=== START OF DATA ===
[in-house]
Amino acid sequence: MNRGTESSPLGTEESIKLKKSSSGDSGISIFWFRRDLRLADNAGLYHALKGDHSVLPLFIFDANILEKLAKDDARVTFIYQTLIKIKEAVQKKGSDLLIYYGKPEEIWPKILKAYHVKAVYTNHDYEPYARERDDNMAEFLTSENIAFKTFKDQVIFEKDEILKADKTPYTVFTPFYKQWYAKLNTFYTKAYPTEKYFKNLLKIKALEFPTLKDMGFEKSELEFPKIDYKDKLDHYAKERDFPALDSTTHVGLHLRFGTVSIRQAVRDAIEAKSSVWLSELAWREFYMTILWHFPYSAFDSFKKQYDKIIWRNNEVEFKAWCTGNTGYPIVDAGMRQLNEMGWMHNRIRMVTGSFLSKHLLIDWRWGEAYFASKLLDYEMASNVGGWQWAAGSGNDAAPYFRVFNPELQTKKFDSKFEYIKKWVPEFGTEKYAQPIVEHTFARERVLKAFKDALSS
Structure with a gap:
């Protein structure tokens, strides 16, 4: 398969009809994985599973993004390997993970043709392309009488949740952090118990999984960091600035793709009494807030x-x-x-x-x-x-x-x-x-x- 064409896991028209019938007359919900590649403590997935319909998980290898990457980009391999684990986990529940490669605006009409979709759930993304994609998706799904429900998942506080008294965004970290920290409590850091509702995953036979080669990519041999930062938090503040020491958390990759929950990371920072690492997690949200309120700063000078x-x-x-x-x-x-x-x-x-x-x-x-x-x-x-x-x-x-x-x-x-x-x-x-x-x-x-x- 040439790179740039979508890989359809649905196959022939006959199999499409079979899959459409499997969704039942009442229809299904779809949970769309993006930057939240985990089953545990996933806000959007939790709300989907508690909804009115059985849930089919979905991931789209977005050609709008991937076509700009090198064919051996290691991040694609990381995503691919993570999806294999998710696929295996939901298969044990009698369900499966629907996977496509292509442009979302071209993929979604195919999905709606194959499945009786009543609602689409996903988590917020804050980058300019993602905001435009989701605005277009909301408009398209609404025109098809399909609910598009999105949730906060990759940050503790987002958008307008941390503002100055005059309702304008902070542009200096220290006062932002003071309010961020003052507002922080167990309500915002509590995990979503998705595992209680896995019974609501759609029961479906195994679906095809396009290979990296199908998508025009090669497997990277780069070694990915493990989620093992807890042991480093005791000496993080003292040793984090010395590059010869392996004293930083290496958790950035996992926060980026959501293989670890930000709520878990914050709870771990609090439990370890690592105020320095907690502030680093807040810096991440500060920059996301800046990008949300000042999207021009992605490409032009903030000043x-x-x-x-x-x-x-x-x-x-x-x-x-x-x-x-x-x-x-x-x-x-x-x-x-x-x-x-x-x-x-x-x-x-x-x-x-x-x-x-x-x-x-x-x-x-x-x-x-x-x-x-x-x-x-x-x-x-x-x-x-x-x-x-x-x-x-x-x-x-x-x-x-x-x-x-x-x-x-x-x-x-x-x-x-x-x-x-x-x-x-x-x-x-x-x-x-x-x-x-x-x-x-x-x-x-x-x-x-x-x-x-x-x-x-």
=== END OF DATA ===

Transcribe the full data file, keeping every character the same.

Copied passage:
[in-house]
Amino acid sequence: MNRGTESSPLGTEESIKLKKSSSGDSGISIFWFRRDLRLADNAGLYHALKGDHSVLPLFIFDANILEKLAKDDARVTFIYQTLIKIKEAVQKKGSDLLIYYGKPEEIWPKILKAYHVKAVYTNHDYEPYARERDDNMAEFLTSENIAFKTFKDQVIFEKDEILKADKTPYTVFTPFYKQWYAKLNTFYTKAYPTEKYFKNLLKIKALEFPTLKDMGFEKSELEFPKIDYKDKLDHYAKERDFPALDSTTHVGLHLRFGTVSIRQAVRDAIEAKSSVWLSELAWREFYMTILWHFPYSAFDSFKKQYDKIIWRNNEVEFKAWCTGNTGYPIVDAGMRQLNEMGWMHNRIRMVTGSFLSKHLLIDWRWGEAYFASKLLDYEMASNVGGWQWAAGSGNDAAPYFRVFNPELQTKKFDSKFEYIKKWVPEFGTEKYAQPIVEHTFARERVLKAFKDALSS
Structure with a gap:
């Protein structure tokens, strides 16, 4: 398969009809994985599973993004390997993970043709392309009488949740952090118990999984960091600035793709009494807030x-x-x-x-x-x-x-x-x-x- 064409896991028209019938007359919900590649403590997935319909998980290898990457980009391999684990986990529940490669605006009409979709759930993304994609998706799904429900998942506080008294965004970290920290409590850091509702995953036979080669990519041999930062938090503040020491958390990759929950990371920072690492997690949200309120700063000078x-x-x-x-x-x-x-x-x-x-x-x-x-x-x-x-x-x-x-x-x-x-x-x-x-x-x-x- 040439790179740039979508890989359809649905196959022939006959199999499409079979899959459409499997969704039942009442229809299904779809949970769309993006930057939240985990089953545990996933806000959007939790709300989907508690909804009115059985849930089919979905991931789209977005050609709008991937076509700009090198064919051996290691991040694609990381995503691919993570999806294999998710696929295996939901298969044990009698369900499966629907996977496509292509442009979302071209993929979604195919999905709606194959499945009786009543609602689409996903988590917020804050980058300019993602905001435009989701605005277009909301408009398209609404025109098809399909609910598009999105949730906060990759940050503790987002958008307008941390503002100055005059309702304008902070542009200096220290006062932002003071309010961020003052507002922080167990309500915002509590995990979503998705595992209680896995019974609501759609029961479906195994679906095809396009290979990296199908998508025009090669497997990277780069070694990915493990989620093992807890042991480093005791000496993080003292040793984090010395590059010869392996004293930083290496958790950035996992926060980026959501293989670890930000709520878990914050709870771990609090439990370890690592105020320095907690502030680093807040810096991440500060920059996301800046990008949300000042999207021009992605490409032009903030000043x-x-x-x-x-x-x-x-x-x-x-x-x-x-x-x-x-x-x-x-x-x-x-x-x-x-x-x-x-x-x-x-x-x-x-x-x-x-x-x-x-x-x-x-x-x-x-x-x-x-x-x-x-x-x-x-x-x-x-x-x-x-x-x-x-x-x-x-x-x-x-x-x-x-x-x-x-x-x-x-x-x-x-x-x-x-x-x-x-x-x-x-x-x-x-x-x-x-x-x-x-x-x-x-x-x-x-x-x-x-x-x-x-x-x-």